The email came in from Ol’ Man Mudrian a few days ago and it went, in part, like this: “Have you ever heard Sam Black Church? People from the New England area like to blow them incessantly, but people like me who “never saw them live” just think they accidentally invented nu metal. Either way, this is worth watching for what happens at the three-minute mark.”
Turns out the occasion is that long time mainstay of the Massachusetts/New England scene, Duncan Wilder Johnson is in the final stages of putting together a documentary on local heroes, Sam Black Church. Never heard of ’em? They were a hardcore band that did hardcore a little bit differently by injecting a ton of linear groove and, depending on your tastes, an (in)appropriate high-pitched screech from the mouth of a man who liked to leap off PA speakers as much as he liked to sing.
The documentary, Leave Behind a Groove in the Earth: the Story of San Black Church, has been in the works for eight years and is heading towards the finish line. To wit, producer/director/editor/everything, Johnson has embarked upon a Kickstarter campaign to help with the funds needed to finally put this thing in the can. There are only a few days left, so if you have a few bucks burning a hole in your pocket and you’re a ‘blowing Nor’easterner,’ a fan who even loved their cover of “Disco Inferno,” and/or have fond memories of vocalist Jet landing on the back of your neck from 20 feet up, check out the Kickstarter promo (and the shenanigans at 3:00) and the interview below.
You said you’ve been working on this doc-pic for eight years. What was the original impetus for embarking upon this project?
I made a record called Kill It All Away with Eman Pacheco and Tim Waltner. Jet from Sam Black Church sang on one of the tracks. At that recording session, Jet said, “You know what would be cool? If we got all the SBC guys in a studio and we drank beer and told stories.” Being a total Sam Black fan-boy, I thought it was an awesome idea. However, it didn’t seem like an audio recording would do the band justice; I thought it needed to be video. The more I thought about, the more I said it out loud, the more I just said, “Fuck it, I’m doing this.” I got a camera and started to interview the band. One thing lead to another and here are, almost done!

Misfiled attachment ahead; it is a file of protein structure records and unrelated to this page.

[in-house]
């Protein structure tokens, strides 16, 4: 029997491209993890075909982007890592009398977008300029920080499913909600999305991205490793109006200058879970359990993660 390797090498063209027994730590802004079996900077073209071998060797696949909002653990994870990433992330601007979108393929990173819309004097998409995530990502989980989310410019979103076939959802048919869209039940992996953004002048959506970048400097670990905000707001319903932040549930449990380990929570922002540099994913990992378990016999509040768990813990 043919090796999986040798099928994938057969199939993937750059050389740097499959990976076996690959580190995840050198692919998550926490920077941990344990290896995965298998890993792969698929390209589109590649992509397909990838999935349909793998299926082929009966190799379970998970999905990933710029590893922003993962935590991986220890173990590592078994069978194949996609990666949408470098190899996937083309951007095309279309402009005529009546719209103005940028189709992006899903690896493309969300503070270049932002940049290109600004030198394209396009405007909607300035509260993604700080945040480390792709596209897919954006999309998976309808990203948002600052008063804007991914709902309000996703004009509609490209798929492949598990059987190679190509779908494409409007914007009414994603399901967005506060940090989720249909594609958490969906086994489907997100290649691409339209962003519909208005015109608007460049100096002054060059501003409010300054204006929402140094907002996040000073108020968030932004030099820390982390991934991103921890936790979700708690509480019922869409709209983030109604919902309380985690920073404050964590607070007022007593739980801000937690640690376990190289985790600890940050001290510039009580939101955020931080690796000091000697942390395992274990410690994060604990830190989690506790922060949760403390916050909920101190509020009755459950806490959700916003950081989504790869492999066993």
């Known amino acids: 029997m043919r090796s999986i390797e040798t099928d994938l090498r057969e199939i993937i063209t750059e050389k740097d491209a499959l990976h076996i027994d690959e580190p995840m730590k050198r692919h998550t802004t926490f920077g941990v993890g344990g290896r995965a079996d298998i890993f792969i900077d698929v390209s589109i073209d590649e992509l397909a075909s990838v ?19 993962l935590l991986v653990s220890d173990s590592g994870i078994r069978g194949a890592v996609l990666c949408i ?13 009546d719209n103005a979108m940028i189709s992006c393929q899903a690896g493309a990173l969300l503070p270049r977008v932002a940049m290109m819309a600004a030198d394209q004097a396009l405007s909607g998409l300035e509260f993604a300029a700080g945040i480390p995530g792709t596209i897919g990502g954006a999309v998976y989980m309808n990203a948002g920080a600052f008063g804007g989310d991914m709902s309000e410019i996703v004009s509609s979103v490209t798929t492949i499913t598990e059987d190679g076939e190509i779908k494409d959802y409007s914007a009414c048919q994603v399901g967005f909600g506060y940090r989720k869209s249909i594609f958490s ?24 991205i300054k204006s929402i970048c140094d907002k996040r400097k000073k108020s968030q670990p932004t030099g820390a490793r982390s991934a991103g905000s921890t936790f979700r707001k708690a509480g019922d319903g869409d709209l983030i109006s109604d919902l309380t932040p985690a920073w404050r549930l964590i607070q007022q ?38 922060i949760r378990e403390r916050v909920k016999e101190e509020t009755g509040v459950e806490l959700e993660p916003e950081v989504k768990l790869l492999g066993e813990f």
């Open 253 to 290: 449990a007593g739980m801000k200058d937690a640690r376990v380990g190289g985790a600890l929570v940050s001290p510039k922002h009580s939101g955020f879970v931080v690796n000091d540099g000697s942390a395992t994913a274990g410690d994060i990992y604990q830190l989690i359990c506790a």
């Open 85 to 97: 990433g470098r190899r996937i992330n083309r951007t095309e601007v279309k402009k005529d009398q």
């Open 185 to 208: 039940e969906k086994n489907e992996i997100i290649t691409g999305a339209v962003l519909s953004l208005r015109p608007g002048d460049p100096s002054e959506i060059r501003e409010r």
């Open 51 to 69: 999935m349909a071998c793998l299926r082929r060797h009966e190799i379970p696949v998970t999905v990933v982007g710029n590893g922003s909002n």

Is this your first foray into film-making? What did you know about the process going into this? What have been the most surprising aspects? The hardest? Have you been essentially learning as you’ve gone along? I guess this all culminates in my asking why it’s taken eight years and counting?
There are a variety of reasons why it’s taken me eight years to get this far. The biggest is that I have too many eggs in too many baskets. In the past eight years, I got engaged, released five records, played in three bands and two side projects, did comedy/spoken word, DJ-ed, took classes and played about 250 shows in a bunch of states all while holding down a full time job doing Photoshop and graphic design. When I was an art student at Mass Art in Boston, I made a few short videos and a couple of super-8 projects, but nothing of much significance. My background is in photography, media and performance. I already knew about storytelling, shooting, and using computers, but yes, I learned a lot about filmmaking as I’ve trudged through this project. The most surprising aspects are how willing people are to help out, be interviewed, contribute money and just be supportive of the project. The hardest is making an edit that really works and translates to other people. I’m working with my friend Megan who’s a pro TV producer. We’ll be cutting the final edit together.
Why Sam Black Church? What do you feel was their significance and impact on the northeast/MA scene and beyond?